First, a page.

Liverpool Music Week: Misery Guts and The Big House @ Mojo review

Posted on 10 November 2010
By Richard Lewis
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Dan Wilson, erstwhile singer of much-tipped Liverpool band The Cubicle transported Mojo back to a time in acoustic-based music that predates Bob Dylan as he navigated his way through a mournful, Johnny Cash inspired set.

Vocally a ringer for the sonorous tones of Stuart Staples, frontman of long lost 1990s group Tindersticks, many of his tracks sound like they share a similar vintage to Alan Lomax’s Field Recordings of ancient American folk songs.

‘That was the new theme for the Formula One’, Wilson grins self deprecatingly after one epically slow lament. One track, bearing a more than passing resemblance to Leonard Cohen’s, or possibly Jeff Buckly’s Hallelujah, can be regarded on it’s own merits, not through the prism of the gruesome cover versions following the original.

This Liverpool Music Week show on Friday was in full swing soon enough, with stripped down performances of the highest calibre under the Mojo lights, which was the perfect space for an acoustic assault.

The Big House slipped silently on to the stage next. Approaching country and folk from a different angle to Dan Wilson, the duo instil a brighter, sweeter tone to the two genres.

In spite of the slightly muffled PA their boy-girl harmonies mesh seamlessly with new track Too Far Gone especially swaying along beautifully.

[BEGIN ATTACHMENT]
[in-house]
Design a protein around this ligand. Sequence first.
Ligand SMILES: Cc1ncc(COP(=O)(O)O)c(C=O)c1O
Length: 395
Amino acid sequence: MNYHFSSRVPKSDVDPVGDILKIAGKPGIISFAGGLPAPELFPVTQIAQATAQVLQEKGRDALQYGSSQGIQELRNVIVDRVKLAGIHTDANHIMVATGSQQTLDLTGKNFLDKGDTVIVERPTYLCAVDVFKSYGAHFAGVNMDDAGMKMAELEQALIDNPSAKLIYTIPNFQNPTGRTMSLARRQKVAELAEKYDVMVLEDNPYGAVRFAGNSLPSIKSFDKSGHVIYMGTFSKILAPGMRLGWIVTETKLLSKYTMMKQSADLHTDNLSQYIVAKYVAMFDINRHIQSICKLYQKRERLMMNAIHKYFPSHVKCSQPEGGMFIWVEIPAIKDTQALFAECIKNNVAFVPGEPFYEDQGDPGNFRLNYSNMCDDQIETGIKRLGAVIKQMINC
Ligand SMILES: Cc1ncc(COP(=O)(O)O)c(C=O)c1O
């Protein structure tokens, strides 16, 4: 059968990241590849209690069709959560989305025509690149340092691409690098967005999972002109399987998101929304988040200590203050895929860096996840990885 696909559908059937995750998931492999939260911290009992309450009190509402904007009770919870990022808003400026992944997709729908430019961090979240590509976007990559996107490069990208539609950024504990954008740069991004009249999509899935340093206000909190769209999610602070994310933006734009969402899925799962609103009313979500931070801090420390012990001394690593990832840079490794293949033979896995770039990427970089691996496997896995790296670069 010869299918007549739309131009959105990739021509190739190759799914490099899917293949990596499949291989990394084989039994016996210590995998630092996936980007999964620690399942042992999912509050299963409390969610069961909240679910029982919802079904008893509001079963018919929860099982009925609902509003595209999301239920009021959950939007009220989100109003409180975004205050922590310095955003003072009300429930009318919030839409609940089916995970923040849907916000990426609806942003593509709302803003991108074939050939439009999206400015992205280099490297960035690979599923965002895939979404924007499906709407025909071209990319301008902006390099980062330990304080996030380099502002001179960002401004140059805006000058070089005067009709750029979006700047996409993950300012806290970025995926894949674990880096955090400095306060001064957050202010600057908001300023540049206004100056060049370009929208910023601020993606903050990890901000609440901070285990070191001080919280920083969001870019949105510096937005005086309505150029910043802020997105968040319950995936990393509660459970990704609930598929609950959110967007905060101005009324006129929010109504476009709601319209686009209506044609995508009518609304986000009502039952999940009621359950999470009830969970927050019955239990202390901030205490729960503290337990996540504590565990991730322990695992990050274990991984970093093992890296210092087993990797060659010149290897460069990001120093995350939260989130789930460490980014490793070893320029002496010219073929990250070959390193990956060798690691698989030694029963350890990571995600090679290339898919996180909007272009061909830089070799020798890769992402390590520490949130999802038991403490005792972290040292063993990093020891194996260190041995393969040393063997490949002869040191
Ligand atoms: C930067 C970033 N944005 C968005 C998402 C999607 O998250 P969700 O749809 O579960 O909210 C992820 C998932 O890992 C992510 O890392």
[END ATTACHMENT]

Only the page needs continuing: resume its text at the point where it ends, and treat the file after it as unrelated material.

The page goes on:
Despite admitting suffering from a severe cold, Candie Payne’s voice was in sublime form, cutting through the air like a scythe.

Co-vocalist Paul Molloy is similarly excellent, his acoustic arpeggios dancing nimbly around the couple’s voices. New track, the Simon and Garfunkel inflected Sweetheart compromising of the couplet ‘We’ll drink the finest wine/Take diamonds from the mine’ breezily updates the New York duo’s effortless melodies and relocates it to present day Liverpool.

The filmic Pebble Lane meanwhile finds their voices perfectly intertwined as the duo’s delicate but dark songs cast a spell over the audience.

New track Stitches tale of emotional turmoil highlights the turbulent undercurrent of the group’s lyrics, given space by the sparse acoustic arrangement. Following on from their cover of Gene Clark gem Here Without You, Counting Thunder is possibly the highpoint of the set.

With Candie’s honeyed vocals arching high above the audience, this and the final track, reminiscent of country music deity Bobby Gentry suggest a kind of emotional catharsis as the singing grows in volume and intensity. Structuring the set to conclude on an emotional highpoint, the couple depart the stage to rapturous applause.

Misery Guts’ seemingly endless gigs around the city centre and on tour supporting Cherry Ghost meanwhile have clearly reaped rewards as they stride confidently into their set. Baring the lyrical claws that dwell beneath the melodic fur of their songs, the four-piece boom out of the speakers, having seemingly grown in confidence over the past six months.

Moving around freely while singer David Hirst remains stoically rooted to the spot, the band have become more animated onstage in recent times. In particularly strong voice this evening, the vocalist leads the four piece through the set in robust fashion with I No U No providing one of the highlights.

If You Ever, boasting a louder rhythm section than on record emphasizes the new tougher sounding approach while the chiming Brydsian guitars ring out with brilliance.

One new track powered by mandolin effectively distils the melodic essence of R.E.M. down into four compact minutes, whilst the sinewy Hispanic twist of another suggests new, alternate paths the Southport troubadours could take.